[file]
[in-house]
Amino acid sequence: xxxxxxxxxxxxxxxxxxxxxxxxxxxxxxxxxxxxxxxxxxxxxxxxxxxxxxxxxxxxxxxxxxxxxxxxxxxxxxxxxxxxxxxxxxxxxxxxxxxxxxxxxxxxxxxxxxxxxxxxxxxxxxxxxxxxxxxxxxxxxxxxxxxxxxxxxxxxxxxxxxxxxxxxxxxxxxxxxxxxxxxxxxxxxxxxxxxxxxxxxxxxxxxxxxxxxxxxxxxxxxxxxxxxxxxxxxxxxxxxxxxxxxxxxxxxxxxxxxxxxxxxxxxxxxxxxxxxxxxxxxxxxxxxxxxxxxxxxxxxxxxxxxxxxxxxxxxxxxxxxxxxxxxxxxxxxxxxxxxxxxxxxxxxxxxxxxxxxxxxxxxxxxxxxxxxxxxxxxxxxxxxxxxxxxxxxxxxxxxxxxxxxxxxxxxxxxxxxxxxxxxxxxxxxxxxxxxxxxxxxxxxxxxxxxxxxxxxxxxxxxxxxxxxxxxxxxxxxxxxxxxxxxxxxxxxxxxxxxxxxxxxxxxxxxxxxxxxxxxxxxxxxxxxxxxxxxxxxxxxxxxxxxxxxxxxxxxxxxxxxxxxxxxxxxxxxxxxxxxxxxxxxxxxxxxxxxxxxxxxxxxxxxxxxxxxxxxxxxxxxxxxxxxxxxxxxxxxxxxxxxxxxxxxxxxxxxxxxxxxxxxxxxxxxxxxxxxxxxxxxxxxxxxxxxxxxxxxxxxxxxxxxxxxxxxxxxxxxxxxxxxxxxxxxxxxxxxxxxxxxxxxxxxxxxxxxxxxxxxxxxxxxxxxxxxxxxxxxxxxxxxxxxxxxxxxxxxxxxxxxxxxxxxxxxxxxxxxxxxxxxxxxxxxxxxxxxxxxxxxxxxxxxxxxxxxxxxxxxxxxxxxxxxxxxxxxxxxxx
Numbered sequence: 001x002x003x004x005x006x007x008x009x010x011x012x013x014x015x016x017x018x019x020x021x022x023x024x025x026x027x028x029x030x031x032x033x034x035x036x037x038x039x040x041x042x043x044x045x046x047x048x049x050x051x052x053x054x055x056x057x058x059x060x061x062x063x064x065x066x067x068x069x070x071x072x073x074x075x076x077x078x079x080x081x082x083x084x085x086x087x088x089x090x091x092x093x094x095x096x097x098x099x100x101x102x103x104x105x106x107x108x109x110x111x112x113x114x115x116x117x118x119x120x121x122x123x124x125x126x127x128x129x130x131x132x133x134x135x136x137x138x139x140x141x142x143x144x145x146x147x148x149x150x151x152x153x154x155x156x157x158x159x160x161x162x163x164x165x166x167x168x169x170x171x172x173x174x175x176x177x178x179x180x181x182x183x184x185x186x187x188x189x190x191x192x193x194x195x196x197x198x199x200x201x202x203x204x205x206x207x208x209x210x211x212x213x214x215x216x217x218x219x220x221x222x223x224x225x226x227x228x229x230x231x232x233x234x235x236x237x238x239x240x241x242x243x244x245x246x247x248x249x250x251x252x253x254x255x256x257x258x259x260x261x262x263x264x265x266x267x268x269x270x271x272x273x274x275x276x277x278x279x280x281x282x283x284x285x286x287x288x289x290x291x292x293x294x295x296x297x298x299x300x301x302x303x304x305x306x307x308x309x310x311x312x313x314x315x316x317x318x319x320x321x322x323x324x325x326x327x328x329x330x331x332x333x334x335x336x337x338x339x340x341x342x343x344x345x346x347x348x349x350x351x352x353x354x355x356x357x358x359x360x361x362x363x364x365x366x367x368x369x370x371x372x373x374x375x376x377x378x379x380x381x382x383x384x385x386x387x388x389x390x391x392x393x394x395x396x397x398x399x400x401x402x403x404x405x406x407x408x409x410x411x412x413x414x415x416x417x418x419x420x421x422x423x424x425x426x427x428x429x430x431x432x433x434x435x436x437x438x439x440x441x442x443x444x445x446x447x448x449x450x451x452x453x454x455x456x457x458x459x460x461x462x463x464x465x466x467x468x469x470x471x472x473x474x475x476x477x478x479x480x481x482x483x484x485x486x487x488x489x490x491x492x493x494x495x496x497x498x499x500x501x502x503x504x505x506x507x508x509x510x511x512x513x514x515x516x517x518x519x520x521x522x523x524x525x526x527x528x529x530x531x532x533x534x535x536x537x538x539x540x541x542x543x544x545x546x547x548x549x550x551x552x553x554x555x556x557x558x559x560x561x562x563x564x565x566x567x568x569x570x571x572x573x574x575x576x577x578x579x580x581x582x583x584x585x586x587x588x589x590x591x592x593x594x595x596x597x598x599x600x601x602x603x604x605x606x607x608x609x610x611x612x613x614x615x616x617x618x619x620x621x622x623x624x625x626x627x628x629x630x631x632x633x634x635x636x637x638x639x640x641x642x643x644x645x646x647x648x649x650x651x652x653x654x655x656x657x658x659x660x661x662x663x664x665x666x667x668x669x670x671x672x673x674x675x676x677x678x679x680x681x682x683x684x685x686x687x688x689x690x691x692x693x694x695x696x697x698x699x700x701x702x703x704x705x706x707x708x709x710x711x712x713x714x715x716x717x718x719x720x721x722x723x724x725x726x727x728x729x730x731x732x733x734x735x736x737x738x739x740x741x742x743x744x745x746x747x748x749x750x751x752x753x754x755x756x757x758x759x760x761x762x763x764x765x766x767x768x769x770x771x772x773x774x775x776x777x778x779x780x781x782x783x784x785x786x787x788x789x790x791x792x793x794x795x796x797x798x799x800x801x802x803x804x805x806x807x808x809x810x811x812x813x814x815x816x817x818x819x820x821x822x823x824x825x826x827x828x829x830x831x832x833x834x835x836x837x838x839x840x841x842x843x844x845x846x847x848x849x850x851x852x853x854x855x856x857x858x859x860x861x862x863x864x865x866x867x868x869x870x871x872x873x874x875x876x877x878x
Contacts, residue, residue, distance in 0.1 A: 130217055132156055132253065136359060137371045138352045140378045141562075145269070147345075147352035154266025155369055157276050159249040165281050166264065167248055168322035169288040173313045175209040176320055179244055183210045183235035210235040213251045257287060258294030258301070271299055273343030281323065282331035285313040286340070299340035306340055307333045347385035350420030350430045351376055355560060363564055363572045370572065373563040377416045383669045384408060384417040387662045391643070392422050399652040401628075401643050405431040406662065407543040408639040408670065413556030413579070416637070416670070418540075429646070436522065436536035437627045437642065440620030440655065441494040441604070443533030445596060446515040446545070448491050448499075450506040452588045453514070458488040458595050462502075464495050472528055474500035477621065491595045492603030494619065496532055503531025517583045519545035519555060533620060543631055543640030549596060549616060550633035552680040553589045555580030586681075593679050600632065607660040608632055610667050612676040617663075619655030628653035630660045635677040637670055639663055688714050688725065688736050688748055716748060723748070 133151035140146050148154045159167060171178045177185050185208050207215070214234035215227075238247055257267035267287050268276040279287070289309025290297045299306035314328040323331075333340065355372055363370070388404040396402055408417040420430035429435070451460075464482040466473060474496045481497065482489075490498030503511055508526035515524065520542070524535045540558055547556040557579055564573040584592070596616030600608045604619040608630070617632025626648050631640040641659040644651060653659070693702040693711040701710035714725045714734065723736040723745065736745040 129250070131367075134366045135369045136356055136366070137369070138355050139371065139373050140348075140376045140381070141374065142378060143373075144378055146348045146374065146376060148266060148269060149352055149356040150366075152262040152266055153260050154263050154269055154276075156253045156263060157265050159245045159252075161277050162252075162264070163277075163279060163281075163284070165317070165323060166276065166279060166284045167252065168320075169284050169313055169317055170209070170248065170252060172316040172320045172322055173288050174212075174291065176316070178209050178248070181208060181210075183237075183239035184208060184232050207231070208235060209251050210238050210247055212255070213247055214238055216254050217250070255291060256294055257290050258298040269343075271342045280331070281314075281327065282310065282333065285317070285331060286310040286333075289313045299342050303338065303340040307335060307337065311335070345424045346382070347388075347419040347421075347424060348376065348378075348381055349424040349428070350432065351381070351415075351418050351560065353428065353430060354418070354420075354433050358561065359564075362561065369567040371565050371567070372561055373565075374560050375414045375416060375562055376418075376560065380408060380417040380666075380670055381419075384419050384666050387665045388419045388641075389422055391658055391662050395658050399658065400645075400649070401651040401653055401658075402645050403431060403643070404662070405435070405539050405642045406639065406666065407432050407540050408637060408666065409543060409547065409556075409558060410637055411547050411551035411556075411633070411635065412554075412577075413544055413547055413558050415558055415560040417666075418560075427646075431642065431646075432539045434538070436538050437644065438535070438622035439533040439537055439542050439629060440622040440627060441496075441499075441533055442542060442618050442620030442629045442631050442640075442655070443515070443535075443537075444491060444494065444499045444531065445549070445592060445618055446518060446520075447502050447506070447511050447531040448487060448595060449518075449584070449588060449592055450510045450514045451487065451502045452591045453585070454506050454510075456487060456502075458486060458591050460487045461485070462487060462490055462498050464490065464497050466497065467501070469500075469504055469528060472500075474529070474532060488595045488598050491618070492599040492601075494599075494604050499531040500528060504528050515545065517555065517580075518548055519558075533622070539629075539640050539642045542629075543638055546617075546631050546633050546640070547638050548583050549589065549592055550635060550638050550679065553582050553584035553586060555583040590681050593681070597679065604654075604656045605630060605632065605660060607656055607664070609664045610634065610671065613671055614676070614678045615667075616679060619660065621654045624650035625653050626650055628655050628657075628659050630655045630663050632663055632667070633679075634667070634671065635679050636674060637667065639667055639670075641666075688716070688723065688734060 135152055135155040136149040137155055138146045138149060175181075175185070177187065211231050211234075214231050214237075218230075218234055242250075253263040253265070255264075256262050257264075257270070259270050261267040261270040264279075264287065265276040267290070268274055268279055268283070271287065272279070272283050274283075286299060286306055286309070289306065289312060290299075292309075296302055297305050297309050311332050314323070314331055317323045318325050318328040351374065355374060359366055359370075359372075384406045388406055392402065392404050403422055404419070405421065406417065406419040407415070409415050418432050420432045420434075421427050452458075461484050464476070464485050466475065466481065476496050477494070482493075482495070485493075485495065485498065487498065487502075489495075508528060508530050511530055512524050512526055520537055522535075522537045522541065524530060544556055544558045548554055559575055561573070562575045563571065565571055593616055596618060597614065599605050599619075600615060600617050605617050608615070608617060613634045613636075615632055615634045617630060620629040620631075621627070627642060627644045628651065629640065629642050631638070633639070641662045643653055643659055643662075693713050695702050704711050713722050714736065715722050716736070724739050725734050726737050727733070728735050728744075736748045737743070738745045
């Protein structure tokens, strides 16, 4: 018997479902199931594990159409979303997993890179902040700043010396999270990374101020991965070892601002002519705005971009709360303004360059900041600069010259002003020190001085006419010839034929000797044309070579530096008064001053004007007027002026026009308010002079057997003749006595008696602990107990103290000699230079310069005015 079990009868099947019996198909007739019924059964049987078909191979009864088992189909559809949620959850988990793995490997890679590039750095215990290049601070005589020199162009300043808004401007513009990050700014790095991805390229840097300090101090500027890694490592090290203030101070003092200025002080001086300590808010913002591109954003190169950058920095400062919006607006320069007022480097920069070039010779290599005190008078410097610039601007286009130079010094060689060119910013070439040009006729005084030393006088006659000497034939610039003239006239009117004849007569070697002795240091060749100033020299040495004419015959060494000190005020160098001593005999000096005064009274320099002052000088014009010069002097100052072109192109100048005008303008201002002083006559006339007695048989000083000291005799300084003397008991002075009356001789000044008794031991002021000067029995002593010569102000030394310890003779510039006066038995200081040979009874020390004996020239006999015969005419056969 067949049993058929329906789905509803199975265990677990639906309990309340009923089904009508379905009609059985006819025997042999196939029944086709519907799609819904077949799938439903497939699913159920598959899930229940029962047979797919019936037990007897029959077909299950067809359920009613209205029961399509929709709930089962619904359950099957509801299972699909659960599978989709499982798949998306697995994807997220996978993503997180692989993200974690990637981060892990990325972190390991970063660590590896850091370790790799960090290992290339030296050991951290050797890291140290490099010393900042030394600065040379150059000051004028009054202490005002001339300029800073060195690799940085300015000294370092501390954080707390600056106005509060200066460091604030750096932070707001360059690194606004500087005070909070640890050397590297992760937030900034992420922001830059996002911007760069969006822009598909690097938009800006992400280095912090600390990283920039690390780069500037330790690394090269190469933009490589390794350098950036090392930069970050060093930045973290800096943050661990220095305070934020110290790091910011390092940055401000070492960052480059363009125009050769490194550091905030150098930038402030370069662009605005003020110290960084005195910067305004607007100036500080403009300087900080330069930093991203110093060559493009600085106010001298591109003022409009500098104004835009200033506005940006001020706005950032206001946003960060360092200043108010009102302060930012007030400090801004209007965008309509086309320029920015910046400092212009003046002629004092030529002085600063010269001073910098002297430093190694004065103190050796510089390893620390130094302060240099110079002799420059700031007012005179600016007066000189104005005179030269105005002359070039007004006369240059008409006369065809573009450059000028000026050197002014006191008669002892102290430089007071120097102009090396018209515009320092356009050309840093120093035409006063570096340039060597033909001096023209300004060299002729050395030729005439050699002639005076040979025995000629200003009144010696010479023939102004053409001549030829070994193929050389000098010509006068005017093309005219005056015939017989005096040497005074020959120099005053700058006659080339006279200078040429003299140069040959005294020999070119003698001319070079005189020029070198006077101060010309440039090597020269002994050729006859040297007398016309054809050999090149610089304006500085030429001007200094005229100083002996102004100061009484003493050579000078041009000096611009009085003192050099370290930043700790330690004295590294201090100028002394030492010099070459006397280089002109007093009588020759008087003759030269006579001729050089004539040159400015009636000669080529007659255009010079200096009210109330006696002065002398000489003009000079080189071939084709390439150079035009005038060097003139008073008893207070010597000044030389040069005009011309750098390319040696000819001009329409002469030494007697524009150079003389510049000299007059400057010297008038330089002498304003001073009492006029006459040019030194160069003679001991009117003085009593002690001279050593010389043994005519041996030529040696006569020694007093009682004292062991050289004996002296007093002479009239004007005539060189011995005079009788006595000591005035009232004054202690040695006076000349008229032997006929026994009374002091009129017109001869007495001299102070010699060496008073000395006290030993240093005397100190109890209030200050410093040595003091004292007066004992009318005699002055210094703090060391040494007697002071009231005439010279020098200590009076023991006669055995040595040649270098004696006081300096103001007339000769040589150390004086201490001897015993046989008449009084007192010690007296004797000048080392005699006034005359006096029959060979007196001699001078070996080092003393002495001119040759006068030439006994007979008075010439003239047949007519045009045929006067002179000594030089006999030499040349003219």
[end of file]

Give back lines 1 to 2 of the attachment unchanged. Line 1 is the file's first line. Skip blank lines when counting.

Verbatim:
[in-house]
Amino acid sequence: xxxxxxxxxxxxxxxxxxxxxxxxxxxxxxxxxxxxxxxxxxxxxxxxxxxxxxxxxxxxxxxxxxxxxxxxxxxxxxxxxxxxxxxxxxxxxxxxxxxxxxxxxxxxxxxxxxxxxxxxxxxxxxxxxxxxxxxxxxxxxxxxxxxxxxxxxxxxxxxxxxxxxxxxxxxxxxxxxxxxxxxxxxxxxxxxxxxxxxxxxxxxxxxxxxxxxxxxxxxxxxxxxxxxxxxxxxxxxxxxxxxxxxxxxxxxxxxxxxxxxxxxxxxxxxxxxxxxxxxxxxxxxxxxxxxxxxxxxxxxxxxxxxxxxxxxxxxxxxxxxxxxxxxxxxxxxxxxxxxxxxxxxxxxxxxxxxxxxxxxxxxxxxxxxxxxxxxxxxxxxxxxxxxxxxxxxxxxxxxxxxxxxxxxxxxxxxxxxxxxxxxxxxxxxxxxxxxxxxxxxxxxxxxxxxxxxxxxxxxxxxxxxxxxxxxxxxxxxxxxxxxxxxxxxxxxxxxxxxxxxxxxxxxxxxxxxxxxxxxxxxxxxxxxxxxxxxxxxxxxxxxxxxxxxxxxxxxxxxxxxxxxxxxxxxxxxxxxxxxxxxxxxxxxxxxxxxxxxxxxxxxxxxxxxxxxxxxxxxxxxxxxxxxxxxxxxxxxxxxxxxxxxxxxxxxxxxxxxxxxxxxxxxxxxxxxxxxxxxxxxxxxxxxxxxxxxxxxxxxxxxxxxxxxxxxxxxxxxxxxxxxxxxxxxxxxxxxxxxxxxxxxxxxxxxxxxxxxxxxxxxxxxxxxxxxxxxxxxxxxxxxxxxxxxxxxxxxxxxxxxxxxxxxxxxxxxxxxxxxxxxxxxxxxxxxxxxxxxxxxxxxxxxxxxxxxxxxxxxxxxxxxxxxxxxxxxxxxxx